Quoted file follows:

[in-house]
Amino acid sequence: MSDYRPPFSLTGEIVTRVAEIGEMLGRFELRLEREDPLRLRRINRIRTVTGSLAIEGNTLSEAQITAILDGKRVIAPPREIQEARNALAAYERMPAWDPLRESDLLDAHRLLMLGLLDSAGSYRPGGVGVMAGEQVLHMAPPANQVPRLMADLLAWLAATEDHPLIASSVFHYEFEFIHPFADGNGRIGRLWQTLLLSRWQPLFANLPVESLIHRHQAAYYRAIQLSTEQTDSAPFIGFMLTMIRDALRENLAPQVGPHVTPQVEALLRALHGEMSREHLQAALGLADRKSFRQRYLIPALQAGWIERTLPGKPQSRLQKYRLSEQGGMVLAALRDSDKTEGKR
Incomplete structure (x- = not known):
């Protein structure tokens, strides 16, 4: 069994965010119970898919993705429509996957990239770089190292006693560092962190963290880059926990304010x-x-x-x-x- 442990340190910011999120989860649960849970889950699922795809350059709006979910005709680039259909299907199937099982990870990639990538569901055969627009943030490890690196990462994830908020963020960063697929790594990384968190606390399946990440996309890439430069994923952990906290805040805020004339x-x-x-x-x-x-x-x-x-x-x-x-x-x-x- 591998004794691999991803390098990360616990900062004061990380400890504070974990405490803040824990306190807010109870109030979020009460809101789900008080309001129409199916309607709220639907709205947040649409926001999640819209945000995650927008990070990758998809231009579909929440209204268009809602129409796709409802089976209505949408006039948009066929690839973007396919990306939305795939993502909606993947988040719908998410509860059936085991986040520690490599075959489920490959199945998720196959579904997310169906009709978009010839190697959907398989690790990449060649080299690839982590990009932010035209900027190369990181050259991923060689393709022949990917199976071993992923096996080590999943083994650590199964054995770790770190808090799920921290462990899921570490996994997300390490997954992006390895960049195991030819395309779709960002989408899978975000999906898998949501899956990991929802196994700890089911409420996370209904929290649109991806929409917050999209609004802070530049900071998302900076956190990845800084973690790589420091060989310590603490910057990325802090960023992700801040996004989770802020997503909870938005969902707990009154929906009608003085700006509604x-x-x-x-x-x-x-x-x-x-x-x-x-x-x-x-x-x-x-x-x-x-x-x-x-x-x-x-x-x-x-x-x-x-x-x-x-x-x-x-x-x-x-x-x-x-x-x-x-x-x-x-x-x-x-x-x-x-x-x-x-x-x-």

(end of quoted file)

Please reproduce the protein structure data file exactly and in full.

[in-house]
Amino acid sequence: MSDYRPPFSLTGEIVTRVAEIGEMLGRFELRLEREDPLRLRRINRIRTVTGSLAIEGNTLSEAQITAILDGKRVIAPPREIQEARNALAAYERMPAWDPLRESDLLDAHRLLMLGLLDSAGSYRPGGVGVMAGEQVLHMAPPANQVPRLMADLLAWLAATEDHPLIASSVFHYEFEFIHPFADGNGRIGRLWQTLLLSRWQPLFANLPVESLIHRHQAAYYRAIQLSTEQTDSAPFIGFMLTMIRDALRENLAPQVGPHVTPQVEALLRALHGEMSREHLQAALGLADRKSFRQRYLIPALQAGWIERTLPGKPQSRLQKYRLSEQGGMVLAALRDSDKTEGKR
Incomplete structure (x- = not known):
């Protein structure tokens, strides 16, 4: 069994965010119970898919993705429509996957990239770089190292006693560092962190963290880059926990304010x-x-x-x-x- 442990340190910011999120989860649960849970889950699922795809350059709006979910005709680039259909299907199937099982990870990639990538569901055969627009943030490890690196990462994830908020963020960063697929790594990384968190606390399946990440996309890439430069994923952990906290805040805020004339x-x-x-x-x-x-x-x-x-x-x-x-x-x-x- 591998004794691999991803390098990360616990900062004061990380400890504070974990405490803040824990306190807010109870109030979020009460809101789900008080309001129409199916309607709220639907709205947040649409926001999640819209945000995650927008990070990758998809231009579909929440209204268009809602129409796709409802089976209505949408006039948009066929690839973007396919990306939305795939993502909606993947988040719908998410509860059936085991986040520690490599075959489920490959199945998720196959579904997310169906009709978009010839190697959907398989690790990449060649080299690839982590990009932010035209900027190369990181050259991923060689393709022949990917199976071993992923096996080590999943083994650590199964054995770790770190808090799920921290462990899921570490996994997300390490997954992006390895960049195991030819395309779709960002989408899978975000999906898998949501899956990991929802196994700890089911409420996370209904929290649109991806929409917050999209609004802070530049900071998302900076956190990845800084973690790589420091060989310590603490910057990325802090960023992700801040996004989770802020997503909870938005969902707990009154929906009608003085700006509604x-x-x-x-x-x-x-x-x-x-x-x-x-x-x-x-x-x-x-x-x-x-x-x-x-x-x-x-x-x-x-x-x-x-x-x-x-x-x-x-x-x-x-x-x-x-x-x-x-x-x-x-x-x-x-x-x-x-x-x-x-x-x-």